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Yoga, Scandals, Personal Responsibility, and Collective Growth

The yoga community’s weathered some difficult storms in recent years. Many dedicated practitioners have been hit hard by the fallout, some devastatingly so. Others, of course, have sailed through more or less unscathed. Regardless of how well your personal life and practice have fared, however, there’s much to be gained from taking some time to reflect on what’s been happening, and what may or may not have been learned as a result.

If you have no idea what I’m talking about, here’s a recap of some recent yoga headline news. This past spring, three women filed lawsuits against Bikram Chourdhury, accusing him of rape, sexual assault, and human trafficking. Last fall, five women filed a police complaint charging Kausthub Desikachar, the grandson of Sri T. Krishnamacharya himself, with sexual, mental and emotional abuse. Earlier that year, a fed-up employee launched a lurid website accusing his boss, Anusara Yoga founder John Friend, of sexual abuse, financial duplicity, and employee endangerment.

In addition to the guru scandals, a series of controversies have revealed some serious rifts in a community that likes to proclaim “We’re All One.” There have been heated and at times nasty arguments over whether yoga can indeed “wreck your body,” the cultural effects of yoga commercialism, the legitimacy of selling “yoga for weight loss,” the acceptability of injecting yoga into the political arena, and more.

I think it’s safe to say that this onslaught of scandals and controversies has produced some big waves of emotional reaction. Which is understandable. Particularly for people who have been hurt by the actions of a disgraced teacher or fallen guru, it’s entirely appropriate and even healthy to feel angry, betrayed, grief-stricken, and more. And even for those not so immediately involved, it’s normal to have difficult feelings come up when a practice you love becomes embroiled in scandal and controversy.

I wonder, however, whether we in the yoga community have been holding sufficient space for each other to safely process such feelings. I could be wrong, but it seems like the most common reaction to the waves of difficulty that have crashed through the yoga world of late has been to try to separate and disassociate from them. If that’s true, it’s a big problem, because it means that we’re squandering what could be a valuable opportunity to transform our selves and our community in positive and empowering ways.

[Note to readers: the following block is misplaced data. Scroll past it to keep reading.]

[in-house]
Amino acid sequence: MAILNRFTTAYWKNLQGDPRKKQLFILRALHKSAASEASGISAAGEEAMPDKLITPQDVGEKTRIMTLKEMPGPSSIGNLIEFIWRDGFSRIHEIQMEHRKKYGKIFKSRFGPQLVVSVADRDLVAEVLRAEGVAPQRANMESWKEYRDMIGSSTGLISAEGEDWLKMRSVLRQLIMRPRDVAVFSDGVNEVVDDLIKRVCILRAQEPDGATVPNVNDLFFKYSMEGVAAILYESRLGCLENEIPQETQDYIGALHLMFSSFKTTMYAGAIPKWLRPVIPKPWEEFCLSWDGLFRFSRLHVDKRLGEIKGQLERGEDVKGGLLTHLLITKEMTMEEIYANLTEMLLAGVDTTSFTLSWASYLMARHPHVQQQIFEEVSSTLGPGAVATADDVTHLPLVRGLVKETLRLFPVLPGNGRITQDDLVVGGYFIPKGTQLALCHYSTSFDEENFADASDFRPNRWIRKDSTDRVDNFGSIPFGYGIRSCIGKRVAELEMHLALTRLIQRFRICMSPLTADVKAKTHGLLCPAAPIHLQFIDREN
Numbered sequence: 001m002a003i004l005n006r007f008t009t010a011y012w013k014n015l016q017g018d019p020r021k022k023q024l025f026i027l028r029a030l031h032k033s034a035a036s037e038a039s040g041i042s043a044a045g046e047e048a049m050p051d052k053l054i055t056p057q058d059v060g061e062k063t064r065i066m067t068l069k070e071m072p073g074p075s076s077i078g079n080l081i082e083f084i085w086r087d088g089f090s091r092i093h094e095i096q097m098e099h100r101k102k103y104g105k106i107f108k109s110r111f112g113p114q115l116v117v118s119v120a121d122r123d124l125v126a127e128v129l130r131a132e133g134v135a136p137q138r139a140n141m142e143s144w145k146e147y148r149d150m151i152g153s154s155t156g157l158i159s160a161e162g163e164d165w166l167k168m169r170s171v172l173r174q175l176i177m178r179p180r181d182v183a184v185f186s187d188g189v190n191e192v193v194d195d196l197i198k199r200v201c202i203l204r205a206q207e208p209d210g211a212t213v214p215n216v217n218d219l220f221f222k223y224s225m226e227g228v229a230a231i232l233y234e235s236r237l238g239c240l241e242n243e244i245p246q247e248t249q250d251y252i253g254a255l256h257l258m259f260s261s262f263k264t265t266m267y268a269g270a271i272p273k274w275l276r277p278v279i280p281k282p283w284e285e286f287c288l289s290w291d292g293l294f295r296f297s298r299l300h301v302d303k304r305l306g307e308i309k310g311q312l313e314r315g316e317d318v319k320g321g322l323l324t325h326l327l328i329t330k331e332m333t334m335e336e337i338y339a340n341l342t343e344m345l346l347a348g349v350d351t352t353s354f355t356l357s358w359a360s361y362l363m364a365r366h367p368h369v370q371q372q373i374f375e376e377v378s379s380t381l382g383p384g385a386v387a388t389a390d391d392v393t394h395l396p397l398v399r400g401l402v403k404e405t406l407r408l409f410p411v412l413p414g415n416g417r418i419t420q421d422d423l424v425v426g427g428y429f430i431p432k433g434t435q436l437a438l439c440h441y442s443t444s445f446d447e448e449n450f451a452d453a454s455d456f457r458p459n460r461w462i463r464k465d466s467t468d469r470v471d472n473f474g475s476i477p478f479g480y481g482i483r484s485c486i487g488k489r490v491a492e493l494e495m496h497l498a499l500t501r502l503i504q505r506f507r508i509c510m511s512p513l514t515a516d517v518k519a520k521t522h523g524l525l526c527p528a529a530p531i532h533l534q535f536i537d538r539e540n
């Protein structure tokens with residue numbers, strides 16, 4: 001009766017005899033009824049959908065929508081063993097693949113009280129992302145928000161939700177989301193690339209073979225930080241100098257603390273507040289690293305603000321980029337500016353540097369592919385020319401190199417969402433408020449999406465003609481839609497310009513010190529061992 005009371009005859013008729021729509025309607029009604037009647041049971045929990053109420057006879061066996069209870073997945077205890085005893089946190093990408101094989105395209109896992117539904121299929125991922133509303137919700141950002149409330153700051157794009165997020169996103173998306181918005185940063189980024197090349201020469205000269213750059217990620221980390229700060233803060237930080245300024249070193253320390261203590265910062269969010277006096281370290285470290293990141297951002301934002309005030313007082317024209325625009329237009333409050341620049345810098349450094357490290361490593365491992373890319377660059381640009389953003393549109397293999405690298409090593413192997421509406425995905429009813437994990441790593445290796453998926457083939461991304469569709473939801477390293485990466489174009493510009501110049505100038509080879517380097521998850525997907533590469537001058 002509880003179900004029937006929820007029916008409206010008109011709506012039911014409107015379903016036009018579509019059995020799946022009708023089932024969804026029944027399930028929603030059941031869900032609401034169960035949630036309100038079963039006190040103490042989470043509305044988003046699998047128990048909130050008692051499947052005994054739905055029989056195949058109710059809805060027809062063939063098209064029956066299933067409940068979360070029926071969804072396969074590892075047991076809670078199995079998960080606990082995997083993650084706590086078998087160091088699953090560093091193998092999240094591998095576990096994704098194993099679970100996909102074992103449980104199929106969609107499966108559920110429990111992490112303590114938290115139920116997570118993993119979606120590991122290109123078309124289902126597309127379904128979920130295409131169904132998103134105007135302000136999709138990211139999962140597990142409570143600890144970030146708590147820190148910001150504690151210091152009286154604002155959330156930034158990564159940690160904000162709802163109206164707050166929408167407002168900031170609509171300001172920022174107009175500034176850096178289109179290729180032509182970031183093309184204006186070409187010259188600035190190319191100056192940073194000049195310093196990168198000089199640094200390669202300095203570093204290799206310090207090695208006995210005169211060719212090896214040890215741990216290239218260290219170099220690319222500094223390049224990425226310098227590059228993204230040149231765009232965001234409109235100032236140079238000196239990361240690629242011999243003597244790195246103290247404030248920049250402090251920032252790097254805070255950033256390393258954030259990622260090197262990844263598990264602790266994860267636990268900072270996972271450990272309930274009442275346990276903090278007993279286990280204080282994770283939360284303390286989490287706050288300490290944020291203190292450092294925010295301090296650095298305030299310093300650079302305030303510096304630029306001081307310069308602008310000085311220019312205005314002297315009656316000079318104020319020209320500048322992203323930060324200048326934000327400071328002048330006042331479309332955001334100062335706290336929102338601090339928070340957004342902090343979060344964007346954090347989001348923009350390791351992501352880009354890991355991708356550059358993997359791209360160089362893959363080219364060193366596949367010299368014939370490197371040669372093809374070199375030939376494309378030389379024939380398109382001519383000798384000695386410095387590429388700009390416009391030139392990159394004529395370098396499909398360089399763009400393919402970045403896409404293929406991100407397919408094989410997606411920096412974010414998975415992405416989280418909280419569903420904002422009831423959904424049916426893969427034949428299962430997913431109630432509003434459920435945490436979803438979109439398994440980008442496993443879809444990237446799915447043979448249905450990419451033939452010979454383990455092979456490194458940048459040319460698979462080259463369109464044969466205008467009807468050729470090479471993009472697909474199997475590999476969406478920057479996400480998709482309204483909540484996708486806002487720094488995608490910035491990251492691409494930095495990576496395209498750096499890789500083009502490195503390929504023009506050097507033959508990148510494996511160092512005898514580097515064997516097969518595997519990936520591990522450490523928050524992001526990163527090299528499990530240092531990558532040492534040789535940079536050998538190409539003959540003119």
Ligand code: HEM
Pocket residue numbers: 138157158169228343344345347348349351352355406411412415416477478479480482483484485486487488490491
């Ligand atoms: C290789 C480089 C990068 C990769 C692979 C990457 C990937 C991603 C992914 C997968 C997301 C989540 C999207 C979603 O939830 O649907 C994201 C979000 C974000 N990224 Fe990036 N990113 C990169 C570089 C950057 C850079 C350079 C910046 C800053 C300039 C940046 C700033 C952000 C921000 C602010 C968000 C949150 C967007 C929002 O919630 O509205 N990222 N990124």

Yoga teachers and other leaders in the field have a particularly important role to play in this regard. In times of rapid upheaval and flux, your actions are more likely to generate significant ripple effects, touching the lives of not only your students, but also others you might never personally know. As such, this time offers a valuable opportunity to leverage your own learning and growth in ways that support the larger community – and, in so doing, make a meaningful contribution to the evolution of modern yoga.

 

“Don’t Give Your Power Away”

If we’re to make the most of this time, however, we need to reflect on how well we’ve responded to the controversies and crises that have broken to date. Of course, this is going to vary enormously from individual to individual. On a collective level, however, I believe there’s reason for concern.

Most notably, the two most common responses I’ve heard to the guru scandals have been to attack the perpetrators as scumbags and/or observe that those negatively impacted “shouldn’t have given their power away.” As partial or temporary reactions, these aren’t necessarily bad. There’s a problem, however, if and when they become overly one-sided and sustained. Why? Because when that happens, you’re splitting what’s really a widespread pattern of problematic interpersonal relationships into two disconnected halves: bad leaders or hapless followers.

This way of framing what’s at stake focuses attention on the actions of isolated individuals, rather than patterns of human connection in relationships, organizations, and society. Such a one-sided and unbalanced perspective not only distorts our understanding of what’s been happening, but blocks forward movement toward healing, connection, and growth.